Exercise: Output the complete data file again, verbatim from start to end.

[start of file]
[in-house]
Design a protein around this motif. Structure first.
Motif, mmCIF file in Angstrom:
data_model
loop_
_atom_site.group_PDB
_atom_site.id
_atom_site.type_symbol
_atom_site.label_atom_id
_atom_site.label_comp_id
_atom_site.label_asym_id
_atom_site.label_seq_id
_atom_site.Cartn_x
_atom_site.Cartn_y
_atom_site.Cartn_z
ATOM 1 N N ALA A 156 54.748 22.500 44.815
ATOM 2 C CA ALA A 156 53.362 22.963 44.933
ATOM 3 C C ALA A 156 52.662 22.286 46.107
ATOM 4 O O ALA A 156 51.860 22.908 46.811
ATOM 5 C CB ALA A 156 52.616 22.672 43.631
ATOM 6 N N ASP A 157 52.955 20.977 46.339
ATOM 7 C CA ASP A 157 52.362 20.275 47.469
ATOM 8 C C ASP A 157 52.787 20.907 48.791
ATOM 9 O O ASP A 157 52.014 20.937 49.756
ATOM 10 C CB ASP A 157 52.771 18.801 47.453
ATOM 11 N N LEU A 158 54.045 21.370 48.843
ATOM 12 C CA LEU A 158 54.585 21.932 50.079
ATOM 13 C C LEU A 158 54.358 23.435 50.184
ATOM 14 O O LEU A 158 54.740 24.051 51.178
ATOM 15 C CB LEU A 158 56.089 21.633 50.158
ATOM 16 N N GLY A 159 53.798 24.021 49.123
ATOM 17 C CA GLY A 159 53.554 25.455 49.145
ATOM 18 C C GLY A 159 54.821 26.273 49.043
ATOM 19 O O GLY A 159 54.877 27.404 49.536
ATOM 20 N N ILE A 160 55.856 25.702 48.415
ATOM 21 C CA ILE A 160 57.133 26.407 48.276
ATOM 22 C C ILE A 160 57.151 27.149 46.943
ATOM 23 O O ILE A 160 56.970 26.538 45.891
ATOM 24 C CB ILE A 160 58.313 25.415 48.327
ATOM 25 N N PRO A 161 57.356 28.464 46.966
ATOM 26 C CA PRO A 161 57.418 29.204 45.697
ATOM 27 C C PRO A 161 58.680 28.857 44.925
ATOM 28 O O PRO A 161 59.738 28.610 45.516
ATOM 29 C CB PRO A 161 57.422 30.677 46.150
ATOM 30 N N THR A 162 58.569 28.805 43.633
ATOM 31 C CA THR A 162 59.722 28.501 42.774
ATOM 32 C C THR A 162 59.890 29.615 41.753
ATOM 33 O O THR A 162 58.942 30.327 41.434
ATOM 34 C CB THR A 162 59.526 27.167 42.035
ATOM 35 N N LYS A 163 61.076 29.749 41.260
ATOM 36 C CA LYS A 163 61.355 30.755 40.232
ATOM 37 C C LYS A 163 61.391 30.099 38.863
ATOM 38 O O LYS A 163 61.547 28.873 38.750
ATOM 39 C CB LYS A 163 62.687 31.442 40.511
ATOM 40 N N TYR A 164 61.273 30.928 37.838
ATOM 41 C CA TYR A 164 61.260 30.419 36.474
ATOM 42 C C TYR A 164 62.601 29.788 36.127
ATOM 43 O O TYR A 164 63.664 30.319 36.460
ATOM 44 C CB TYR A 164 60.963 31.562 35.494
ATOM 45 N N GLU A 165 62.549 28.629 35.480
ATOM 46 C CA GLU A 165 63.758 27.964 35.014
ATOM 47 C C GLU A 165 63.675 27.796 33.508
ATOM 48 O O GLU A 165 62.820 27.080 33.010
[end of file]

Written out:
[in-house]
Design a protein around this motif. Structure first.
Motif, mmCIF file in Angstrom:
data_model
loop_
_atom_site.group_PDB
_atom_site.id
_atom_site.type_symbol
_atom_site.label_atom_id
_atom_site.label_comp_id
_atom_site.label_asym_id
_atom_site.label_seq_id
_atom_site.Cartn_x
_atom_site.Cartn_y
_atom_site.Cartn_z
ATOM 1 N N ALA A 156 54.748 22.500 44.815
ATOM 2 C CA ALA A 156 53.362 22.963 44.933
ATOM 3 C C ALA A 156 52.662 22.286 46.107
ATOM 4 O O ALA A 156 51.860 22.908 46.811
ATOM 5 C CB ALA A 156 52.616 22.672 43.631
ATOM 6 N N ASP A 157 52.955 20.977 46.339
ATOM 7 C CA ASP A 157 52.362 20.275 47.469
ATOM 8 C C ASP A 157 52.787 20.907 48.791
ATOM 9 O O ASP A 157 52.014 20.937 49.756
ATOM 10 C CB ASP A 157 52.771 18.801 47.453
ATOM 11 N N LEU A 158 54.045 21.370 48.843
ATOM 12 C CA LEU A 158 54.585 21.932 50.079
ATOM 13 C C LEU A 158 54.358 23.435 50.184
ATOM 14 O O LEU A 158 54.740 24.051 51.178
ATOM 15 C CB LEU A 158 56.089 21.633 50.158
ATOM 16 N N GLY A 159 53.798 24.021 49.123
ATOM 17 C CA GLY A 159 53.554 25.455 49.145
ATOM 18 C C GLY A 159 54.821 26.273 49.043
ATOM 19 O O GLY A 159 54.877 27.404 49.536
ATOM 20 N N ILE A 160 55.856 25.702 48.415
ATOM 21 C CA ILE A 160 57.133 26.407 48.276
ATOM 22 C C ILE A 160 57.151 27.149 46.943
ATOM 23 O O ILE A 160 56.970 26.538 45.891
ATOM 24 C CB ILE A 160 58.313 25.415 48.327
ATOM 25 N N PRO A 161 57.356 28.464 46.966
ATOM 26 C CA PRO A 161 57.418 29.204 45.697
ATOM 27 C C PRO A 161 58.680 28.857 44.925
ATOM 28 O O PRO A 161 59.738 28.610 45.516
ATOM 29 C CB PRO A 161 57.422 30.677 46.150
ATOM 30 N N THR A 162 58.569 28.805 43.633
ATOM 31 C CA THR A 162 59.722 28.501 42.774
ATOM 32 C C THR A 162 59.890 29.615 41.753
ATOM 33 O O THR A 162 58.942 30.327 41.434
ATOM 34 C CB THR A 162 59.526 27.167 42.035
ATOM 35 N N LYS A 163 61.076 29.749 41.260
ATOM 36 C CA LYS A 163 61.355 30.755 40.232
ATOM 37 C C LYS A 163 61.391 30.099 38.863
ATOM 38 O O LYS A 163 61.547 28.873 38.750
ATOM 39 C CB LYS A 163 62.687 31.442 40.511
ATOM 40 N N TYR A 164 61.273 30.928 37.838
ATOM 41 C CA TYR A 164 61.260 30.419 36.474
ATOM 42 C C TYR A 164 62.601 29.788 36.127
ATOM 43 O O TYR A 164 63.664 30.319 36.460
ATOM 44 C CB TYR A 164 60.963 31.562 35.494
ATOM 45 N N GLU A 165 62.549 28.629 35.480
ATOM 46 C CA GLU A 165 63.758 27.964 35.014
ATOM 47 C C GLU A 165 63.675 27.796 33.508
ATOM 48 O O GLU A 165 62.820 27.080 33.010